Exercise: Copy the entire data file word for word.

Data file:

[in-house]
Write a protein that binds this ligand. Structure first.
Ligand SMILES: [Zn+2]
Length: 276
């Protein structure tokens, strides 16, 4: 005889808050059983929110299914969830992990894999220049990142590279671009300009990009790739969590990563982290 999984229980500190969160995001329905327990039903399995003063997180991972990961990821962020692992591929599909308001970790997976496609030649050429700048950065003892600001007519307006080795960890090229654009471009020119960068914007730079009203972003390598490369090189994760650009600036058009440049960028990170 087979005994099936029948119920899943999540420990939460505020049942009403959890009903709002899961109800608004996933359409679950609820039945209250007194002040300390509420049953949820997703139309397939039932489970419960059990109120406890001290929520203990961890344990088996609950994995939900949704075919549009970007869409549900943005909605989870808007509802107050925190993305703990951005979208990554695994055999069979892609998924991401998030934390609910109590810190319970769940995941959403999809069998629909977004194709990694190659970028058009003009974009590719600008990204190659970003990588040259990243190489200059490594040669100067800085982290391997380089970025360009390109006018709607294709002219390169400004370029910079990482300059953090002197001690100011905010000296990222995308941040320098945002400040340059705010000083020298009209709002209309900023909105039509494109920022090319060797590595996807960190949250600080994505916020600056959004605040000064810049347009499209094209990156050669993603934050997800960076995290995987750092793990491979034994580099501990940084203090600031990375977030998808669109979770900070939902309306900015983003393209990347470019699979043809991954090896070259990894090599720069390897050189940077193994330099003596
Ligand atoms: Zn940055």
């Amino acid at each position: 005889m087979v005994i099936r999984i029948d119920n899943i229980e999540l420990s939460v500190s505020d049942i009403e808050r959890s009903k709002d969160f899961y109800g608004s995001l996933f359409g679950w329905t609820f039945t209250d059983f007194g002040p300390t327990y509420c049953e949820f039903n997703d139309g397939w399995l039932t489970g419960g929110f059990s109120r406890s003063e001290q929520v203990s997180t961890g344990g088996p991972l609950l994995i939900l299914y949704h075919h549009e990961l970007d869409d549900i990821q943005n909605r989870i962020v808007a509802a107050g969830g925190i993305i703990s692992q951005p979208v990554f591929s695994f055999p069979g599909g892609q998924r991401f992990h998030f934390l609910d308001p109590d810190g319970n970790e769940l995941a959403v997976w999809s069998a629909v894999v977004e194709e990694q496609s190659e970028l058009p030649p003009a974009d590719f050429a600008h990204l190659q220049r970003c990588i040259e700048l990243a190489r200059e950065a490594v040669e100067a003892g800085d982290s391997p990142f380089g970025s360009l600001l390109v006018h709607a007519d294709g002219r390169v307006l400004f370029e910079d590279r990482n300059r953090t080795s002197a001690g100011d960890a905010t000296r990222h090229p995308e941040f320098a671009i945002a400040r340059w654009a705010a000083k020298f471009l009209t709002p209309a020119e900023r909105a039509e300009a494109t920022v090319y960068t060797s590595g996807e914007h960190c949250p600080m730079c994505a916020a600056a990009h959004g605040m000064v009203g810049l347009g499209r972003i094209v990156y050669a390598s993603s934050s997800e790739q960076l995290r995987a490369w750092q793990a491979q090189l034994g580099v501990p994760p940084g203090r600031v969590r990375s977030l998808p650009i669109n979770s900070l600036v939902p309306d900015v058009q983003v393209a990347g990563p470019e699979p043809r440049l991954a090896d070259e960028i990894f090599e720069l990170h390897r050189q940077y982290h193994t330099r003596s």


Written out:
[in-house]
Write a protein that binds this ligand. Structure first.
Ligand SMILES: [Zn+2]
Length: 276
């Protein structure tokens, strides 16, 4: 005889808050059983929110299914969830992990894999220049990142590279671009300009990009790739969590990563982290 999984229980500190969160995001329905327990039903399995003063997180991972990961990821962020692992591929599909308001970790997976496609030649050429700048950065003892600001007519307006080795960890090229654009471009020119960068914007730079009203972003390598490369090189994760650009600036058009440049960028990170 087979005994099936029948119920899943999540420990939460505020049942009403959890009903709002899961109800608004996933359409679950609820039945209250007194002040300390509420049953949820997703139309397939039932489970419960059990109120406890001290929520203990961890344990088996609950994995939900949704075919549009970007869409549900943005909605989870808007509802107050925190993305703990951005979208990554695994055999069979892609998924991401998030934390609910109590810190319970769940995941959403999809069998629909977004194709990694190659970028058009003009974009590719600008990204190659970003990588040259990243190489200059490594040669100067800085982290391997380089970025360009390109006018709607294709002219390169400004370029910079990482300059953090002197001690100011905010000296990222995308941040320098945002400040340059705010000083020298009209709002209309900023909105039509494109920022090319060797590595996807960190949250600080994505916020600056959004605040000064810049347009499209094209990156050669993603934050997800960076995290995987750092793990491979034994580099501990940084203090600031990375977030998808669109979770900070939902309306900015983003393209990347470019699979043809991954090896070259990894090599720069390897050189940077193994330099003596
Ligand atoms: Zn940055």
């Amino acid at each position: 005889m087979v005994i099936r999984i029948d119920n899943i229980e999540l420990s939460v500190s505020d049942i009403e808050r959890s009903k709002d969160f899961y109800g608004s995001l996933f359409g679950w329905t609820f039945t209250d059983f007194g002040p300390t327990y509420c049953e949820f039903n997703d139309g397939w399995l039932t489970g419960g929110f059990s109120r406890s003063e001290q929520v203990s997180t961890g344990g088996p991972l609950l994995i939900l299914y949704h075919h549009e990961l970007d869409d549900i990821q943005n909605r989870i962020v808007a509802a107050g969830g925190i993305i703990s692992q951005p979208v990554f591929s695994f055999p069979g599909g892609q998924r991401f992990h998030f934390l609910d308001p109590d810190g319970n970790e769940l995941a959403v997976w999809s069998a629909v894999v977004e194709e990694q496609s190659e970028l058009p030649p003009a974009d590719f050429a600008h990204l190659q220049r970003c990588i040259e700048l990243a190489r200059e950065a490594v040669e100067a003892g800085d982290s391997p990142f380089g970025s360009l600001l390109v006018h709607a007519d294709g002219r390169v307006l400004f370029e910079d590279r990482n300059r953090t080795s002197a001690g100011d960890a905010t000296r990222h090229p995308e941040f320098a671009i945002a400040r340059w654009a705010a000083k020298f471009l009209t709002p209309a020119e900023r909105a039509e300009a494109t920022v090319y960068t060797s590595g996807e914007h960190c949250p600080m730079c994505a916020a600056a990009h959004g605040m000064v009203g810049l347009g499209r972003i094209v990156y050669a390598s993603s934050s997800e790739q960076l995290r995987a490369w750092q793990a491979q090189l034994g580099v501990p994760p940084g203090r600031v969590r990375s977030l998808p650009i669109n979770s900070l600036v939902p309306d900015v058009q983003v393209a990347g990563p470019e699979p043809r440049l991954a090896d070259e960028i990894f090599e720069l990170h390897r050189q940077y982290h193994t330099r003596s």